To top it all off, we ran for over ten years on these VAX machines without a major operating system upgrade! Yes, there were problems, but constant retraining, reinstalls, service packs, hot fixes and weekly major security alerts were not among them. And compared torepparttar 133593 clustering in OpenVMS (the operating system forrepparttar 133594 VAX and Alpha hardware),repparttar 133595 "clustering" in Windows 2000 is a complete joke!

And now I need over 150 servers running Windows NT 4.0 and Windows 2000! The really sickening thing is I'll bet I could run everything on a dozen or so Unix or Linux servers, or, again, two big Alpha (the successor torepparttar 133596 VAX) systems. (It's really too bad that Digital Equipment Corporation, which maderepparttar 133597 best hardware and operating systems onrepparttar 133598 planet, could not market their way out of a paper bag).

I think that's what is annoying is and many of our peersrepparttar 133599 most. The constant need to spend an outrageous amount of time to keep up withrepparttar 133600 new releases from Microsoft.

I know it doesn't fit into Microsoft's hostile "do it our way and pay us forrepparttar 133601 privilege" business model, but we would much prefer a different approach torepparttar 133602 MCSE certification model. Instead of constantly rolling it forward constantly, invalidatingrepparttar 133603 certifications of those who cannot keep up, why not just appendrepparttar 133604 operating system torepparttar 133605 certification?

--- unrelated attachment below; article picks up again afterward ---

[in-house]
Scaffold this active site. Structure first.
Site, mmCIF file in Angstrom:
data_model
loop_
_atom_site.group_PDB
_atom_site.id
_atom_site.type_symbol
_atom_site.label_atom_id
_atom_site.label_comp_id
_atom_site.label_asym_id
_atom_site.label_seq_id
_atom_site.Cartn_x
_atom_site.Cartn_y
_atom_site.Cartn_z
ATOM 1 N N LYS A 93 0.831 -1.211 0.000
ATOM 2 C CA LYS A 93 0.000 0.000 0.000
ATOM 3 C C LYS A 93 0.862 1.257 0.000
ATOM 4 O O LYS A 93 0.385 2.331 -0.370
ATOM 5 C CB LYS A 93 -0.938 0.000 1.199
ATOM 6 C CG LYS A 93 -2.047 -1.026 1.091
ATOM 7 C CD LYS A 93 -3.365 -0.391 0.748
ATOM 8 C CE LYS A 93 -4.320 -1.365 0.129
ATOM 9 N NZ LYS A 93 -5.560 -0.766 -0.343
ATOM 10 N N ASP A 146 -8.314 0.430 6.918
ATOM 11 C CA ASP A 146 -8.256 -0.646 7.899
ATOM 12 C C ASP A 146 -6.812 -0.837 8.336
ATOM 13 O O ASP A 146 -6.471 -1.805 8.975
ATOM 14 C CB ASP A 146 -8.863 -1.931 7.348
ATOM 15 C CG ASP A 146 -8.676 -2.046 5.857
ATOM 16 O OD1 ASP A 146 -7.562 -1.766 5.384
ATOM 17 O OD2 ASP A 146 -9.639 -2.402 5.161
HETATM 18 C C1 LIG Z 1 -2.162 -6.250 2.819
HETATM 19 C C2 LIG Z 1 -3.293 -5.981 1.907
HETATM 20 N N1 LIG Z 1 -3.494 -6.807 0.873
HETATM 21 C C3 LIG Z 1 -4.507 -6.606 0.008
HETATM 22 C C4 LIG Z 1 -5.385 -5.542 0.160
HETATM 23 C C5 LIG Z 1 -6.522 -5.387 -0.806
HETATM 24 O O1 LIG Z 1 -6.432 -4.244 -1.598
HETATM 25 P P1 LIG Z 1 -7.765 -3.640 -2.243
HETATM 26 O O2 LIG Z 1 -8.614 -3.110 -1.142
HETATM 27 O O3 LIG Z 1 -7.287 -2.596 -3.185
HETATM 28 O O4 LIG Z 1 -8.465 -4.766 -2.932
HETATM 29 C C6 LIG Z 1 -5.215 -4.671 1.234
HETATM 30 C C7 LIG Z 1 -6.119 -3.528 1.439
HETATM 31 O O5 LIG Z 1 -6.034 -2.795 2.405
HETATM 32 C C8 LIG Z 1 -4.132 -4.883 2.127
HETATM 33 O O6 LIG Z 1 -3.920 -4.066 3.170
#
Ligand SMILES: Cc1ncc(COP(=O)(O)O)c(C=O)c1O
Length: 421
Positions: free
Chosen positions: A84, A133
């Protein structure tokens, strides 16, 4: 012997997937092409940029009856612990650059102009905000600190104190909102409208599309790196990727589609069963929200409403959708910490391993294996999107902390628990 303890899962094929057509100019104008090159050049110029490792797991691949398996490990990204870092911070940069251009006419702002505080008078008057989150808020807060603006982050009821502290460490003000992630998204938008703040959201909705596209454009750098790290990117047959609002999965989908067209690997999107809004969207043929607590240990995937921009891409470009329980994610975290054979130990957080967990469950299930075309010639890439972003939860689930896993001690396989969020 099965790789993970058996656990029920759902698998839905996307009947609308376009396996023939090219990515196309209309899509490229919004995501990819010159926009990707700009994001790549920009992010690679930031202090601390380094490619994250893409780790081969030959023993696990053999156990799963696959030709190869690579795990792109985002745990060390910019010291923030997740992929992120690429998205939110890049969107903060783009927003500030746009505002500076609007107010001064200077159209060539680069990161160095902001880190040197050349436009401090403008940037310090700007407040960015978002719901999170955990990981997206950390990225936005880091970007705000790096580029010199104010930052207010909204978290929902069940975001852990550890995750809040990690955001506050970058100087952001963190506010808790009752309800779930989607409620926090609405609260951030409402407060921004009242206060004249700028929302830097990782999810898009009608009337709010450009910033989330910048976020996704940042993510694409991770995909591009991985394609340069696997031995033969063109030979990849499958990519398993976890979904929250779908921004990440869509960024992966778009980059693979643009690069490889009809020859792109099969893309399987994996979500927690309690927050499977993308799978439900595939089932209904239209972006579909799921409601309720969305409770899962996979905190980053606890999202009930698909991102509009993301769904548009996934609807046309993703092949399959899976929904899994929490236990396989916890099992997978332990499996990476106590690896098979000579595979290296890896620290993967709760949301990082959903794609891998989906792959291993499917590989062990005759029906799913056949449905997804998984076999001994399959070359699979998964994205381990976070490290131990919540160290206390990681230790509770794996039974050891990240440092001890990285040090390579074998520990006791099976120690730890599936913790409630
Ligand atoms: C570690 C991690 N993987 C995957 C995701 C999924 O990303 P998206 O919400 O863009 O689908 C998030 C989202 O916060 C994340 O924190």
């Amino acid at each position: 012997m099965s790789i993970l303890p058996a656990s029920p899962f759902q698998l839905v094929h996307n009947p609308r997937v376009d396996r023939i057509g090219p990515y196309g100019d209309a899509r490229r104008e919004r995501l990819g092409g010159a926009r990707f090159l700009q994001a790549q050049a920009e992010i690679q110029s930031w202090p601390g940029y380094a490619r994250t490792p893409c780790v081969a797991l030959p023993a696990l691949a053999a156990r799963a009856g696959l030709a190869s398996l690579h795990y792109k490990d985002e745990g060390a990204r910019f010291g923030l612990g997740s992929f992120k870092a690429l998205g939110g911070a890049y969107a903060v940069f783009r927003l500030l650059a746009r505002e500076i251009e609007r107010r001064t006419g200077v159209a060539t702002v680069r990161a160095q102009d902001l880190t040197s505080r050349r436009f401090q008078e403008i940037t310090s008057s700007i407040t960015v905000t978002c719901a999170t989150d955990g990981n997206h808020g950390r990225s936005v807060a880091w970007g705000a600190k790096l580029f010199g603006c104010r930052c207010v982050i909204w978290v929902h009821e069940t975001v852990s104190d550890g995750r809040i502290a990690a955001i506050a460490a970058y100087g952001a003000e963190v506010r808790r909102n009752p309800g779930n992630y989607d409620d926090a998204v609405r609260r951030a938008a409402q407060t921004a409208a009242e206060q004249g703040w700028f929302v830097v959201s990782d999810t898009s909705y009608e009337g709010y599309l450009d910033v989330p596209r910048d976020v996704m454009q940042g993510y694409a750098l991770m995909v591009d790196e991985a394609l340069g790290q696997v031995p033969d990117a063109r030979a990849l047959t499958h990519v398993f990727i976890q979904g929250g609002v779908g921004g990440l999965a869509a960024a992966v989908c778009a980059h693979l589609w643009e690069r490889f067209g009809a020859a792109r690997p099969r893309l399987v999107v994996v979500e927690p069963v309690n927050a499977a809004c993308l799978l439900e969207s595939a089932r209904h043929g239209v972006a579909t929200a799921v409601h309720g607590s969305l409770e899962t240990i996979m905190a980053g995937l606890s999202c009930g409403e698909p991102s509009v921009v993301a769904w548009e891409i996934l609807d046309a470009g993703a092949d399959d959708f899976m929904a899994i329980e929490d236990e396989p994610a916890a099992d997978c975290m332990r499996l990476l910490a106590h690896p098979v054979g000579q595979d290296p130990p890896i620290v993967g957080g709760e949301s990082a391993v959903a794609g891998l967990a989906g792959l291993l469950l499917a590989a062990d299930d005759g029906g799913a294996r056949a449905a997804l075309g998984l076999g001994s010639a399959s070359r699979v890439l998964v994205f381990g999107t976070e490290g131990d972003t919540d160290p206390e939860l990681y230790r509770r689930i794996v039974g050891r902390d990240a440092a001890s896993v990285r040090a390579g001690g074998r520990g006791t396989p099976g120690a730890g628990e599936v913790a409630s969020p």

Why not just make a "MCSE Win4.0" and an "MCSE Win2000"? To me as a manager, it would be far more valuable thanrepparttar 133606 current catch-all scheme. Look at it this way, I could scan a resume for "MCSE Win3.1", "MCSE Win4.0" or "MCSE Win95". Wouldn't that make it easier for me as a manager? You bet!

However, it wouldn't help Microsoft's bottom line, would it?

Fortunately, I am not inrepparttar 133607 business of helping Microsoft's profit margin. In fact, on my list of worries, that wouldn't even be inrepparttar 133608 top million! My job, andrepparttar 133609 job of each and every person in our company, is to support our users by giving them tools which enable them to do their jobs.

To do that, we will get certified on Windows 2000, and probably Windows XP after that. However, we will do it on our schedule, fittingrepparttar 133610 training and testing time around our jobs and personal lives. Inrepparttar 133611 meantime, we will take a closer look at other alternatives to Windows and Office, because, well, well really don't like this situation. We may, or we may not, change to those alternatives, but before this we were not even looking ... now we are.

Additional Information

The Certification Debate There is a huge debate out there inrepparttar 133612 computer world - to certify or not to certify. Here's my two cents.

Microsoft's Licensing Model (Sigh) You would think that Microsoft would want to make it easy to give them money, wouldn't you? Think again.

What's Up With Microsoft? Microsoft stock has been going down all through 2000. Here's an opinion as to why.

Richard Lowe Jr. is the webmaster of Internet Tips And Secrets at - Visit our website any time to read over 1,000 complete FREE articles about how to improve your internet profits, enjoyment and knowledge.